Page 140 - British Inquiry into Loss of RMS Titanic Day 1 - 5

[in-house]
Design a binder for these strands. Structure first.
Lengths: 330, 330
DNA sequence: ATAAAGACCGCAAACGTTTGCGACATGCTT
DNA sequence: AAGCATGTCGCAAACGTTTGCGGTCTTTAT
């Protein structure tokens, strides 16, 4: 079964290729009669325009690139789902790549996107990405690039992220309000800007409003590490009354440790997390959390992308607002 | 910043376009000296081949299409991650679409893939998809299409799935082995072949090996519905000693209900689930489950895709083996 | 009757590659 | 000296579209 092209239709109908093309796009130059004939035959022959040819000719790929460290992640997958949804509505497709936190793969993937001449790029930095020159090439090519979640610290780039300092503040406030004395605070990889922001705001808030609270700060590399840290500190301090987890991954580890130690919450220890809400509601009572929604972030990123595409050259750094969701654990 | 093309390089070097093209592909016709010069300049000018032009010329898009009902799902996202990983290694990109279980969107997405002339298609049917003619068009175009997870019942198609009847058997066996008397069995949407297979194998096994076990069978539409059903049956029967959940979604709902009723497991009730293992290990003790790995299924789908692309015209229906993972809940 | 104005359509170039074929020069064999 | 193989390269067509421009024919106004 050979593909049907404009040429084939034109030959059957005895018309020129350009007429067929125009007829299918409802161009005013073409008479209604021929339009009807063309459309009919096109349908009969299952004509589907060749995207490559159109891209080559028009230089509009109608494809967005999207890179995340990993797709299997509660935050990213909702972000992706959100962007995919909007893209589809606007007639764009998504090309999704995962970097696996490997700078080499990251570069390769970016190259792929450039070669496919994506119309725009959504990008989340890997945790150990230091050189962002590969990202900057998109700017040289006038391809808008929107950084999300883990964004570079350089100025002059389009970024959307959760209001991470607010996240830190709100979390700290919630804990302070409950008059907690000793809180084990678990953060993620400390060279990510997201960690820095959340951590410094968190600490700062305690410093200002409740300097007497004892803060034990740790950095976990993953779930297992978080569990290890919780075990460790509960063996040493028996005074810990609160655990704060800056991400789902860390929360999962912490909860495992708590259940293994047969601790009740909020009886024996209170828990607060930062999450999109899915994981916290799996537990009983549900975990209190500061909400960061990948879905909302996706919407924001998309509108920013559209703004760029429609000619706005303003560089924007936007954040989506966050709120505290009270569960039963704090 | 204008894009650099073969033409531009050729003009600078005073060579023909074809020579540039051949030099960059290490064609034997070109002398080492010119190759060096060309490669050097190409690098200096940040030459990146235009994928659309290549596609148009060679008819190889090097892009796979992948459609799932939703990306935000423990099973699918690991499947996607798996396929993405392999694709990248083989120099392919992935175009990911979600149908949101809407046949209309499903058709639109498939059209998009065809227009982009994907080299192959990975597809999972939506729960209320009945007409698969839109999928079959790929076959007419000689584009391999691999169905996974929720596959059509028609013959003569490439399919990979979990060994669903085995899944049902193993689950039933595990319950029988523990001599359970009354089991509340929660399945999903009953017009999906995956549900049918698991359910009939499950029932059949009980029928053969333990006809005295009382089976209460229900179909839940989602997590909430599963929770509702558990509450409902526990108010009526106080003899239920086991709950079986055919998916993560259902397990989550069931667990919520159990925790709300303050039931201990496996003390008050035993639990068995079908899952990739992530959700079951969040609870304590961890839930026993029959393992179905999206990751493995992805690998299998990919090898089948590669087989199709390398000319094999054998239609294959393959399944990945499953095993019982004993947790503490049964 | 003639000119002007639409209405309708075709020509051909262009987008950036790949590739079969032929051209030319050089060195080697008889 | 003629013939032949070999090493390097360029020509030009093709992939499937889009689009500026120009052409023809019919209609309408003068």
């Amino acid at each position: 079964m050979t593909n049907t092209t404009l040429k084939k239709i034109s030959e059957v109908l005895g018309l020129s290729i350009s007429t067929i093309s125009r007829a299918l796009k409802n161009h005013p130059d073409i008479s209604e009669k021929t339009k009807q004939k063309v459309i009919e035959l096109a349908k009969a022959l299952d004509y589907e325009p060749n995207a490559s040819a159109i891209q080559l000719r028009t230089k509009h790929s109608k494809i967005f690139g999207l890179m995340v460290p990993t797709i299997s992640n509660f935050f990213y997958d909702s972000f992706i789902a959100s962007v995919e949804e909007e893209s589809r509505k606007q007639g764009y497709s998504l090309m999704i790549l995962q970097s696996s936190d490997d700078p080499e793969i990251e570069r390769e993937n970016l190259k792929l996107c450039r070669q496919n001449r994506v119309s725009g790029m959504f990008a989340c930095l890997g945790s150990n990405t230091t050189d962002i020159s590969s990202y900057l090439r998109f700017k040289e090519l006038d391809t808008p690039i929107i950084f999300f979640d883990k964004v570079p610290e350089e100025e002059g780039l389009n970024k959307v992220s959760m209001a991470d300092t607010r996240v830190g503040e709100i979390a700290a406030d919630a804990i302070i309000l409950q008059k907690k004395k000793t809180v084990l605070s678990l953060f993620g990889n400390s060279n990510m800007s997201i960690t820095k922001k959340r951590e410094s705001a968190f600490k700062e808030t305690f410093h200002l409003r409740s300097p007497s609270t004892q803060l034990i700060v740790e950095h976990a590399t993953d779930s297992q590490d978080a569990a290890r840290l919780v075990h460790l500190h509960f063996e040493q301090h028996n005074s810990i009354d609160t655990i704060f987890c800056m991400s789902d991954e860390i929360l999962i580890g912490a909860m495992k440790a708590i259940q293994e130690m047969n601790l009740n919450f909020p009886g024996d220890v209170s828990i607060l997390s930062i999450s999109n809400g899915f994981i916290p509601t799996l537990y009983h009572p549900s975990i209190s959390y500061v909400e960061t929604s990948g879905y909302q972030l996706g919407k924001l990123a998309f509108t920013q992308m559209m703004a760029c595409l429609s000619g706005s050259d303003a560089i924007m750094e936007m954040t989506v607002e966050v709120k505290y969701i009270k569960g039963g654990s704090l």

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could not tell you if they were for glasses, but there was a box there that would hold glasses. 2385. Did you look for glasses at all in the crow’s-nest? - We asked for them. 2386. On the “Titanic”? - Yes. I did not personally ask for them, but one of the other fellows did, and they said there were none for us. 2387. Who was the one of the other fellows who asked for them, do you know? – Simmons [Symons] or Jewell; I cannot be sure which one it was. 2388. I think we know Simmons [Symons] was Jewell’s mate on the look-out? - Yes. 2389. Fleet was yours? - Yes. 2390. And I think Hogg and Evans were the other two? - Yes. 2391. Did you come on the look-out at 10 o’clock? - Yes. 2392. On Sunday night the 14th April? - Yes. 2393. How long did you remain on the look-out? - What was your duty? - 4 to 6 and 10 to 12. 2394. I suppose that would mean that you and Fleet came on at 10 o’clock? - Yes. 2395. And relieved Simmons [Symons] and Jewell? - Yes. 2396. Did one of you take the starboard side and one the port side of the crow’s-nest on the look-out? - I generally took the starboard side and Fleet took the port side. 2397. You were on the starboard side. Do you know whether there was any other look-out than you two? - I could not say. We do not know what orders are given from the bridge. 2398. Then when you relieved Jewell and Simmons [Symons] did they pass any word to you? - Yes, they told us to keep a careful look-out for ice and growlers in particular. 2399. They told you to keep a careful look out for ice and growlers? - Yes; by the officer of the watch before 10 o’clock, Mr. Lightoller. 2400. I think I heard you say you remember that very well? - Yes, I think I do. 2401. What sort of a night was it? - A clear, starry night overhead, but at the time of the accident there was a haze right ahead. 2402. At the time of the accident a haze right ahead? - A haze right ahead - in fact it was extending more or less round the horizon. There was no moon. 2403. And no wind? - And no wind whatever, barring what the ship made herself. 2404. Quite a calm sea? - Quite a calm sea. 2405. Was it cold? - Very, freezing. 2406. Colder than you had had it yet on the voyage? - I would not say that - but it was the coldest we had had that voyage, yes. 2407. It was colder that night than ever you had had it that voyage in the “Titanic”? - Yes, on that trip. 2408. Did you notice this haze which you said extended on the horizon when you first came on the look-out, or did it come later? - It was not so distinct then - not to be noticed. You did not really notice it then - not on going on watch, but we had all our work cut out to pierce through it just after we started. My mate happened to pass the remark to me. He said, “Well; if we can see through that we will be lucky.” That was when we began to notice there was a haze on the water. There was nothing in sight. 2409. You had been told, of course, to keep a careful look-out for ice, and you were trying to pierce the haze as much as you could? - Yes, to see as much as we could. 2410. At the time you came on watch, up to the moment just before the collision, can you tell us whether there was any difference in the speed at which the vessel was travelling compared with the rest of the voyage. What I mean is, was she going the same speed? - She seemed to be going at the same rate all the way. 2411. Do you know who was in charge on the bridge? - Yes; Mr. Murdoch. 2412. The first officer? - Yes, that was his watch. 2413. There would be other officers on the bridge with him? - Yes.
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